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Struggling to lose weight, feeling irritable, stressed, overwhelmed?

Updated: Apr 4, 2023

Maybe its your adrenals!.

Your adrenal glands are two small walnut sized glands that sit just above your kidneys. They are small but very powerful little glands extremely important for all round health, energy and vitality. Their job is to produce hormones, two of which being your stress hormones, adrenaline and cortisol.

The release of these stress hormones is controlled by the the HPA axis (Hypothalamic Pituitary axis), a neuroendocrine system, your brain to adrenal pathway, which controls your reaction to stress and many physiological processes including your digestion, hormones, your mood, immunity and energy regulation.

Increased or prolonged amounts of stress on the body can cause your HPA axis to become dysregulated, resulting in miscommunication between the Hypothalamus, Pituitary and Adrenals. The consequences of this results in either too much cortisol at certain times of the day, or not enough depending on the person, type of stressor and situation.

Too much or not enough cortisol production has lots of not so great affects on the body, a couple being increased inflammation, slower metabolism and increased fat storage. Especially around the tummy! It can also impact mental health, energy levels and how we cope with different levels of stress.

Some signs and symptoms of HPA dysregulation and struggling adrenals.

- Anxiety

- Poor sleep

- Irritability, low mood, depression,

- Feeling ‘tired but wired’

- Feeling exhausted in the morning and struggling to get going.

- Weight gain, especially around the tummy

- High blood pressure

- Poor memory and concentration

- Symptoms of low thyroid function

- Hormonal symptoms including heavy periods or changes in your menstrual cycle.

- Increased severity of PMS or menopausal symptoms

The kind of stress that leads to this doesn’t have to be an obvious “I’m so stressed” scenario, it tends to be more long term chronic stressors that we experience in daily life.

The drip feeding of small stressors we experience every day, traffic cues, the news, overwhelm, feeling there's a lack of time, as well as our thoughts, emotions and how we perceive things. Excessive exercise and under eating can also lead HPA axis dysregulation.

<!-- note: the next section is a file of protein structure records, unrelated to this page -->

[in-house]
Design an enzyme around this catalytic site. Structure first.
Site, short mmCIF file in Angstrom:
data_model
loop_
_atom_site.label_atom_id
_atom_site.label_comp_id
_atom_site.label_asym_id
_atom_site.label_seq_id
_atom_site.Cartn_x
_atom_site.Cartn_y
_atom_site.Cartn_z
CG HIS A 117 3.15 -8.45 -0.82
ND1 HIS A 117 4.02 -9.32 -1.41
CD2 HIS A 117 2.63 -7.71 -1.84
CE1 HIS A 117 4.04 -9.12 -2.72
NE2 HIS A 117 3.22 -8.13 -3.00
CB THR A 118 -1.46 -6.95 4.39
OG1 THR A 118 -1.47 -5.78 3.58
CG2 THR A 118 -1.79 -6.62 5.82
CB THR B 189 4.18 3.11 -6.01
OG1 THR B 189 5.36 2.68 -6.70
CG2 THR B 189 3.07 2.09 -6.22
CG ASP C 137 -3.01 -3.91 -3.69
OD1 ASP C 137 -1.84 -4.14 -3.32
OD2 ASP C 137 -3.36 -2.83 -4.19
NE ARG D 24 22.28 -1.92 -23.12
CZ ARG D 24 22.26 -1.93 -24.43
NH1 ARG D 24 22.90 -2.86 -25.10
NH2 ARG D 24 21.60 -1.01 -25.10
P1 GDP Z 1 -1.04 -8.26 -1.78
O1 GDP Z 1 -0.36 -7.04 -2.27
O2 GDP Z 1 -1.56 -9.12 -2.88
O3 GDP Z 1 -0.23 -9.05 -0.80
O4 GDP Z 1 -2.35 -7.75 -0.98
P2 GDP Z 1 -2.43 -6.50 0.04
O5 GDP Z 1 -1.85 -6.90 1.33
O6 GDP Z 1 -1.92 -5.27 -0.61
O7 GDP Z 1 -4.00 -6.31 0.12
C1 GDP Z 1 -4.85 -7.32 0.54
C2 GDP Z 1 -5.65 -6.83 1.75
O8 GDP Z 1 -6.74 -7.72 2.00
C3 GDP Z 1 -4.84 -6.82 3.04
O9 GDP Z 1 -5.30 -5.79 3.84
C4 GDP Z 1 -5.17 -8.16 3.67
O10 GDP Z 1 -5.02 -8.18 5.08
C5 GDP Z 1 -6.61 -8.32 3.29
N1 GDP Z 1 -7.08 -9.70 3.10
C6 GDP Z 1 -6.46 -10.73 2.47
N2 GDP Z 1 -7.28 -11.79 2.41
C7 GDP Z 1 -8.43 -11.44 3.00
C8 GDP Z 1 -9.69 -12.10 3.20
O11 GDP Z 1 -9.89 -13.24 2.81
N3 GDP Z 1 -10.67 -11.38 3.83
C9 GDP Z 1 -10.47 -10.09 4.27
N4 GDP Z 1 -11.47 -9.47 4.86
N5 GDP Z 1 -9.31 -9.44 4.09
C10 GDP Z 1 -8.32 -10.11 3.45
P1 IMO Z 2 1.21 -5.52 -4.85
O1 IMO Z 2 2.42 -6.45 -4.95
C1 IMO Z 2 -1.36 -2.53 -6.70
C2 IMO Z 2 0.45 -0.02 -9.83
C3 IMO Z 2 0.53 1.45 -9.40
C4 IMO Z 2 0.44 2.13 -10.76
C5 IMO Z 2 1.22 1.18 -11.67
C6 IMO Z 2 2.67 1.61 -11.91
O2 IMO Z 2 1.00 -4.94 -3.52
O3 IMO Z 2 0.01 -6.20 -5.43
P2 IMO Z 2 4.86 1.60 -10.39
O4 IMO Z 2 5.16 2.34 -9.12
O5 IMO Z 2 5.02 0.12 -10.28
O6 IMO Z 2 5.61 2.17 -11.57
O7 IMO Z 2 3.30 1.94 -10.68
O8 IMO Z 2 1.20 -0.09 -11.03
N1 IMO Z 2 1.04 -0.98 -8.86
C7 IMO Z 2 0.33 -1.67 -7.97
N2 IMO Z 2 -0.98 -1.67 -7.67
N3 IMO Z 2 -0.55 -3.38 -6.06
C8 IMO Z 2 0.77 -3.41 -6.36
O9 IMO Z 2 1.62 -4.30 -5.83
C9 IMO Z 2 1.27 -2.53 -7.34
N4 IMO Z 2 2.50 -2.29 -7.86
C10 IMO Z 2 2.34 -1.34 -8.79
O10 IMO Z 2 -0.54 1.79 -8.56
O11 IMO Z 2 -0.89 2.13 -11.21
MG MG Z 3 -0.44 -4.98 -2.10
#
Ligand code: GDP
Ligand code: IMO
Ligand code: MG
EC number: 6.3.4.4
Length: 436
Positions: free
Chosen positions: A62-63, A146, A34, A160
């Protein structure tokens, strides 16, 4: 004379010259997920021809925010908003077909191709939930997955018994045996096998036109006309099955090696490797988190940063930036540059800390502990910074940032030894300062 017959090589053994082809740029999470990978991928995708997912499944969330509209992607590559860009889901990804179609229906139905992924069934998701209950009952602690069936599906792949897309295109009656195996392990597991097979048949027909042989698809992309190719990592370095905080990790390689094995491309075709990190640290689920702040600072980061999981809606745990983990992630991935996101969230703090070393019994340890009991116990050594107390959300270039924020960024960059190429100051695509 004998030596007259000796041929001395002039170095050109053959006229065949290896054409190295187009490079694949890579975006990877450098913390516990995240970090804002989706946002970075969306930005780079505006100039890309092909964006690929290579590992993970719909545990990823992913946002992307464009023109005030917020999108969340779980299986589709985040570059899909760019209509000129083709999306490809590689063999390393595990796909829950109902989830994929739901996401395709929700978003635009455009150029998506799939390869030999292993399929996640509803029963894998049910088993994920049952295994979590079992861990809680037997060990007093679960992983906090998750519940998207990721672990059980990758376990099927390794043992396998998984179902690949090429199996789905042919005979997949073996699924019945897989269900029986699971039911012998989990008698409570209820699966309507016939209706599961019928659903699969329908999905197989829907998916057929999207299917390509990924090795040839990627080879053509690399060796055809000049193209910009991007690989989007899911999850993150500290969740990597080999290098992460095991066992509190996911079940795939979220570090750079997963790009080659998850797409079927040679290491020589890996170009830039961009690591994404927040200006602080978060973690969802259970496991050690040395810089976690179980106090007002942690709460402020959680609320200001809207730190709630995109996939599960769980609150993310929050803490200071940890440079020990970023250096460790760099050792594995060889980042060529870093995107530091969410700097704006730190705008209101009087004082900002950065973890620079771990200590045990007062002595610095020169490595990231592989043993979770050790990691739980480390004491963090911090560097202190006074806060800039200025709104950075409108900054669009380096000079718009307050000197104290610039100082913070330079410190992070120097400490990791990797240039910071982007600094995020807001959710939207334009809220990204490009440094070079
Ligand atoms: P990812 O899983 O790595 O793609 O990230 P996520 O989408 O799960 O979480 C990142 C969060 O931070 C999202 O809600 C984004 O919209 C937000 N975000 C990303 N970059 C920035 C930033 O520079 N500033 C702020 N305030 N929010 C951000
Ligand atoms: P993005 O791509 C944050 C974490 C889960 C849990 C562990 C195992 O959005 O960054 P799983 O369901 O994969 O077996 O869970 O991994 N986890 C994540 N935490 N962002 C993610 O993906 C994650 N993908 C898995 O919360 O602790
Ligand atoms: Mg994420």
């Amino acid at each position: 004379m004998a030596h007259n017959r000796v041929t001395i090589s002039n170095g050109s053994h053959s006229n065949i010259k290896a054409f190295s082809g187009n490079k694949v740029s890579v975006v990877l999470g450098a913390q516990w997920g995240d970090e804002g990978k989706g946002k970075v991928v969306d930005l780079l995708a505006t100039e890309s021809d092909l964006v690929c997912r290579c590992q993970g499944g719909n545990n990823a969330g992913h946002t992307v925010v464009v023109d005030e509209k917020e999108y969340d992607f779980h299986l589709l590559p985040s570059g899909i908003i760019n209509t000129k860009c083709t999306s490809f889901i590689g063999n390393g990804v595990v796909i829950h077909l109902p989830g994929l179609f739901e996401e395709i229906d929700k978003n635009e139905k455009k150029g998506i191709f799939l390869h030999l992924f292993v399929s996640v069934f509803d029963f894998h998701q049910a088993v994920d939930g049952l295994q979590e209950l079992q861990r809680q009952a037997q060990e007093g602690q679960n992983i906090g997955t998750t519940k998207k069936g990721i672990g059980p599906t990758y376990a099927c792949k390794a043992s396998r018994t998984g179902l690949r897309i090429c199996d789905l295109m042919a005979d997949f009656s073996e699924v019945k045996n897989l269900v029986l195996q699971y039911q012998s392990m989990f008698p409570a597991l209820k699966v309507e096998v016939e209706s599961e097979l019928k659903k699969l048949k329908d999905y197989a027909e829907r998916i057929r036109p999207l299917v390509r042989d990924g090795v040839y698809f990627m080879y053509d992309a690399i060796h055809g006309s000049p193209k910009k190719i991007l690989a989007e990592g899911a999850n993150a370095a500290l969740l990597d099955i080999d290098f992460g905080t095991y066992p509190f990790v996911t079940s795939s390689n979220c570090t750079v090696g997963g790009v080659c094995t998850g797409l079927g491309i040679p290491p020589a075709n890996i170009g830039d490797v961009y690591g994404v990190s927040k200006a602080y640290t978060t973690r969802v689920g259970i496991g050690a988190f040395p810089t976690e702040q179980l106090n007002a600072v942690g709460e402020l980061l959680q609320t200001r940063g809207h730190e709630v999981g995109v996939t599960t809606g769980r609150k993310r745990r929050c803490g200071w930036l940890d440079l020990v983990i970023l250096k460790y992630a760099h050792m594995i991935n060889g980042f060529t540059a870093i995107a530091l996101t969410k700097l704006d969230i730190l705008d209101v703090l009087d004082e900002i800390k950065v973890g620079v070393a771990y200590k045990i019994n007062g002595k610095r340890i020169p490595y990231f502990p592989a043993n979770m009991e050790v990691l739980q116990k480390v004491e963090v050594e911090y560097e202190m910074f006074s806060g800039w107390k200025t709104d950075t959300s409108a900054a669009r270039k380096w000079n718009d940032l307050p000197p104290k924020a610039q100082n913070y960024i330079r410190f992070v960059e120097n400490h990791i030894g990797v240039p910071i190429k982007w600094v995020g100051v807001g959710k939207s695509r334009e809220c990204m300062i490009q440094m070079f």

These stressors all trigger what is known as your bodies ‘stress response’.

The good news however, is that once you are aware of this, you can do something about it to help relieve symptoms and feel better. There is the option of testing to ascertain your degree of stress or dysregulation of hormones and cortisol production, and there are lots of things you can do to support healthy adrenal function.

Some of those things include;

1) Balancing blood sugar. A good place to start is balancing blood sugar through a low GI diet. Low blood sugar when you feel irritable or shaky triggers the adrenals to release stress hormones exacerbating the whole stress response, and as well as making you feel so much worse, just keeps the cycle going! So a great place to start is eating adequate protein at each meal, and reducing refined carbohydrates, foods that cause a spike and then a dip in blood sugar.

2) Replace vitamins and minerals depleted in this stress response and required by the adrenal glands to function properly. Vitamins and minerals like magnesium, B vitamins, Vitamin C, Omega 3 fatty acids.

3) Avoid stimulants such as sugar, coffee and alcohol. Although these might give you a quick pick me up, they also are particularly detrimental to the adrenal glands and the will only make the situation worse.

4) Don’t under or over eat. These in themselves are both significant stressors on the body. Individuals with a poor stress response and struggling adrenals often feel a lot worse fasting. So, although fasting has some great benefits. This may not be for you.

5) That also goes for a very low carbohydrate diet. Again, those with struggling adrenals and low thyroid symptoms may feel a lot worse going too low on carbohydrates.

6) Making sure you do appropriate exercise. Those with a heightened stress response and struggling adrenals may struggle with particularly intensive exercise and only make symptoms worse. The term 'train not drain' is a great saying, and worth considering if you feel particularly drained after your exercise session. Your body may need a different type to restore and rebalance hormones.

7) Putting in some stress management where you allow your hormones to reset, cortisol to drop if high, and your mind to calm. Activities like meditation, deep breathing, yoga, a gentle walk in nature are all shown to help bring the body back into balance, and regulate hormones again. Regular practice and consistency would help you generally feel better over the course of your day.

8) Psychological support or therapy if needed to help you find peace and manage negative emotions that may be triggering your stress response. This may be past trauma or negative life experiences, bad relationships, anxiety or depression, or learnt behaviours keeping you stuck.

The above are steps you can start putting in place to help you build up a resilience to the inevitable stressors life brings to improve both your physical and mental health.

I hope this make a difference for you, and if you want any help, or have any questions please get in touch below.

I would love to hear from you! 😊

I help individuals improve their health through Natural Health, Nutrition and Lifestyle Coaching and have several packages and options to help clients go from feeling unhealthy & fed up to vibrant, happy and energetic! 💫

Julie x

Helping you live a healthier, happier life Julie Hodgson  BSc (Hons), PgDip, DIP ION, mBANT CNHC Registered Nutritionist & Health Coach 1-2-1 Health & Well being Consultations and Packages E. T. 07971 862324

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